Deterministic Single-Cell Encapsulation for in Vitro Microsystems and Therapeutic Cell Delivery
AbstractEncapsulation of cells into microscale hydrogels (microgels) may abet a number of regenerative medicine therapies by enabling precise microscale control in assembly of complex tissue mimics and programming in vivo delivery of cells via different routes of administration. Although providing the appropriate matrix cues has been shown to be a potent method for producing desired biological phenomena of encapsulated cells, there has been little work to control local properties of hydrogels at the single cell level to influence the biological functions of encapsulated cells, either in vitro or in vivo. Here, a microfluidic system is developed and characterized that enables encapsulation of single cells in alginate hydrogel with high encapsulation efficiency and yield. The ability of this system to incorporate alginate polymers with different mechanical properties and compositional characteristics, and their baseline effect on encapsulated cells, was assessed. Manipulation of microgel physical properties through secondary crosslinking mechanisms was also explored. Finally, modification of hydrogels with binding pair molecules was tested as a method for assembling microgels into controlled structures.
The utility of singly encapsulated cells was then explored in several contexts. Microwell apparatuses were used to template encapsulated mesenchymal stem cells (MSCs) into clusters of controlled size, and the relationship between MSC differentiation and cell-cell interactions was studied. These results were similar to analogous experiments in two-dimensional setup that used micropatterning techniques to control cell-cell interactions. Singly encapsulated were also used to study the effects of different stromal cell types on hematopoietic stem and progenitor cell (HSPC) maintenance and differentiation. Microfabricated surfaces were used to coculture HSPCs together with encapsulated MSCs that had undergone different differentiation regimens. The results show that, besides broadly supporting HSPCs, differentiation state of MSCs affect the fate decisions of HSPCs.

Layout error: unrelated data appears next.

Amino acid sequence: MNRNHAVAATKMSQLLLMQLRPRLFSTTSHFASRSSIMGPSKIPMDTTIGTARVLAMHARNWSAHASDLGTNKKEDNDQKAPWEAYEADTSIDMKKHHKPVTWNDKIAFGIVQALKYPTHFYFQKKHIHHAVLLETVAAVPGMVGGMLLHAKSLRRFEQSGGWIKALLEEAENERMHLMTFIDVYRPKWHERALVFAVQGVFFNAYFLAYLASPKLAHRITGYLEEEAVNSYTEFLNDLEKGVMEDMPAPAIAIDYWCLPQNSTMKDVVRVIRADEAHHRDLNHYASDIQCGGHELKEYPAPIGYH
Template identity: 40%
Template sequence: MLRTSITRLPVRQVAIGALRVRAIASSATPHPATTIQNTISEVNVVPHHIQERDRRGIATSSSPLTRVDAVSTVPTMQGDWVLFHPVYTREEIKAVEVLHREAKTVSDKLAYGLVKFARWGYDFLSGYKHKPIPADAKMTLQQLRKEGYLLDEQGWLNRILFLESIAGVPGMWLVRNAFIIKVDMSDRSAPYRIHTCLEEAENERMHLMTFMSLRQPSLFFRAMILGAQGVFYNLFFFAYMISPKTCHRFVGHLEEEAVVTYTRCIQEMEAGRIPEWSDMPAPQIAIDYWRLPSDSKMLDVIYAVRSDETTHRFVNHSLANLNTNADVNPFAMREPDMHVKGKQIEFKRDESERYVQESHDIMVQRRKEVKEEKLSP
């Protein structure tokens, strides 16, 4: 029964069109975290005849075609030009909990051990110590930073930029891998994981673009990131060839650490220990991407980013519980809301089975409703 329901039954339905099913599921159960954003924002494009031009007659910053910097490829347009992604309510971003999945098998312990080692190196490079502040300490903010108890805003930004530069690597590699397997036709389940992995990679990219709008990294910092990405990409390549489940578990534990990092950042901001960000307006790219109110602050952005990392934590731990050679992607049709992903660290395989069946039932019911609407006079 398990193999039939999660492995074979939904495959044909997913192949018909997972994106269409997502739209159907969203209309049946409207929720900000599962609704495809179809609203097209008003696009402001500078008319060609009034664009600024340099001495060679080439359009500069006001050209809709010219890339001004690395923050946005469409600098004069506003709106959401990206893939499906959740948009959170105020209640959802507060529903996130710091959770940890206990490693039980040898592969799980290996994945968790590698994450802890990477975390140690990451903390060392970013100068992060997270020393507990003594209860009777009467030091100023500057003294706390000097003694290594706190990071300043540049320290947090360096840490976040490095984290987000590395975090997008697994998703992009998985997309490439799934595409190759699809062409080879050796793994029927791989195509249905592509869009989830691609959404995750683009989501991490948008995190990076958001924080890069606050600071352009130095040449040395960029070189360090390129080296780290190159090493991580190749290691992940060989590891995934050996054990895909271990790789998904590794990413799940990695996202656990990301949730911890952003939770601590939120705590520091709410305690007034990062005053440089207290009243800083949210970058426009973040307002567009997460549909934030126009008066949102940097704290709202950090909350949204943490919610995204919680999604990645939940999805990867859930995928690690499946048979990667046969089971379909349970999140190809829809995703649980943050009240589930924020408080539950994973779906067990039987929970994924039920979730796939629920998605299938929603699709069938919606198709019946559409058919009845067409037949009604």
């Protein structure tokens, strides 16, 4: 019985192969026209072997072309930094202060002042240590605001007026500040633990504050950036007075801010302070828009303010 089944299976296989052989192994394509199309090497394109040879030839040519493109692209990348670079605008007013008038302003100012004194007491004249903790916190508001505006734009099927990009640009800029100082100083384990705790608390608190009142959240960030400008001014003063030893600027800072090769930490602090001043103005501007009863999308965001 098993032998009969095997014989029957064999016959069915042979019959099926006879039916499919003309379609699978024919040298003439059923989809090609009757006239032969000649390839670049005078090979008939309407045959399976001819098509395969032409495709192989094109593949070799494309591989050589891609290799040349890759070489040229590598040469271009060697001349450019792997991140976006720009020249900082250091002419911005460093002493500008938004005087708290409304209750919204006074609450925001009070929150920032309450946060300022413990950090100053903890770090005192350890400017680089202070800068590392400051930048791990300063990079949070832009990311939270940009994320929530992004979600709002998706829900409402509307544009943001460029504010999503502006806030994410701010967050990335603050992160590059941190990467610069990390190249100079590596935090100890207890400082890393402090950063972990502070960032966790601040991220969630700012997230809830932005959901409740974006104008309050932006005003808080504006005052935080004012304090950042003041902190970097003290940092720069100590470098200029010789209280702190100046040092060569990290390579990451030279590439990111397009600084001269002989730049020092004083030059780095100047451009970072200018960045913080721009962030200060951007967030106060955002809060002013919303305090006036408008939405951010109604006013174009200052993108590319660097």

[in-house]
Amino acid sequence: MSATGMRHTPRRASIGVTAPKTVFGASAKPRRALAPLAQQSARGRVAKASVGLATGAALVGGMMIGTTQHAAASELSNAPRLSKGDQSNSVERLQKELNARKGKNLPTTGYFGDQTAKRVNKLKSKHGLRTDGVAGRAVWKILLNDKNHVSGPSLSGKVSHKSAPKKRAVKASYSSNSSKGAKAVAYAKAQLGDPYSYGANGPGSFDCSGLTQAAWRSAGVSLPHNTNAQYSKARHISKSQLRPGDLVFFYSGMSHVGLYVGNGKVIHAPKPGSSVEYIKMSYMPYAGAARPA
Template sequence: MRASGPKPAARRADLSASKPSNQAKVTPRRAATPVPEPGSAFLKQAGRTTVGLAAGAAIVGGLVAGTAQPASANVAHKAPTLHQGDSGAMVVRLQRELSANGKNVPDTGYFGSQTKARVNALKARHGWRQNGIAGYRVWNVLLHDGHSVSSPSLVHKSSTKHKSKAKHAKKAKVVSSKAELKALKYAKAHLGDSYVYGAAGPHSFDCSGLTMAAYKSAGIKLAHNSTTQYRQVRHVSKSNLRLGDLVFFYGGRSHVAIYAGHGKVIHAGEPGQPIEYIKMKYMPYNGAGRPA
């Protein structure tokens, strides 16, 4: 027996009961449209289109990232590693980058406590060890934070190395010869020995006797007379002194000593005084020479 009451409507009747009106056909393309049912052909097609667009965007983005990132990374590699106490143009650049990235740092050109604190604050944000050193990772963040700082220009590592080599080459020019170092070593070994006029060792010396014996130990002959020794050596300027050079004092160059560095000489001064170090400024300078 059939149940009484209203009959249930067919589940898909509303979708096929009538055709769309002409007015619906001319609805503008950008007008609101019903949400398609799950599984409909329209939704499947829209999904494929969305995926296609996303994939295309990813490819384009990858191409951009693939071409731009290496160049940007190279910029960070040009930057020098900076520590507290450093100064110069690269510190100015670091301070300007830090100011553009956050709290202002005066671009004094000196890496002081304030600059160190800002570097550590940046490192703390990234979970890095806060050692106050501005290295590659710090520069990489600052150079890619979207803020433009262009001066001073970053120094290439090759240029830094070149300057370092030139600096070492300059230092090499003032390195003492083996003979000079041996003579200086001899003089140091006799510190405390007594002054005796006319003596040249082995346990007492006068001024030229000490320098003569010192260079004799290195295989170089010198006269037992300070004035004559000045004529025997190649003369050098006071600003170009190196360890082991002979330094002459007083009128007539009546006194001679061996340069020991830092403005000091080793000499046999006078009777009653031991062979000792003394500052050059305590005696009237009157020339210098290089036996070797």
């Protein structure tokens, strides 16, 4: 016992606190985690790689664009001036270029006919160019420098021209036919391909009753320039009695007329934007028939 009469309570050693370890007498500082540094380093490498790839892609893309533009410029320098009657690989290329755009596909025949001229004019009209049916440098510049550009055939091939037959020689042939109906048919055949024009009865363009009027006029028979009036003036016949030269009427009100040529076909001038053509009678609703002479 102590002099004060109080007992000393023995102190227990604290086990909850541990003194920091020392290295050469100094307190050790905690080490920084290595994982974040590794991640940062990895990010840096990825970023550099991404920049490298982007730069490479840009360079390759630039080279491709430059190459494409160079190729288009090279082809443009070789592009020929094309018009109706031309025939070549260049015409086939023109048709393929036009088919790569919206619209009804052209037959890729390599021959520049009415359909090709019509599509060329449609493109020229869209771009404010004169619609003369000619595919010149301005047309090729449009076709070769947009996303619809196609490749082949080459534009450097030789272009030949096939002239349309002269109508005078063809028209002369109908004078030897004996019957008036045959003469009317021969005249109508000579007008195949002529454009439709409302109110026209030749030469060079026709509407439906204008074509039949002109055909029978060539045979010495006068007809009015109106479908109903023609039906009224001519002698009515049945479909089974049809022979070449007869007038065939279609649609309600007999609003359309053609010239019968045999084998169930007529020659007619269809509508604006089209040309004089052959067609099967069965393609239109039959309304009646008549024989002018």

Deterministic single-cell encapsulation was also assessed in the context of in vivo cell therapies. Short in vivo survival hamper many therapies that involve infusion of exogenous cells in the body. Microgel encapsulation of cells substantially extended in vivo residence time of intravenously injected cells, and was accompanied by sustained secretion of native soluble factors. Microgel material properties were shown to further influence the residence time of infused cells. To determine if encapsulation of cells would be beneficial in a therapeutic context, encapsulated MSCs were coinfused with donor cells in a hematopoietic cell transplant setting, and this strategy was found to expedite the white blood cell recovery.
These studies, and the techniques developed and refined to perform them, demonstrate the utility of microencapsulation for basic science research as well as therapeutic applications, particularly in the cell therapy field.
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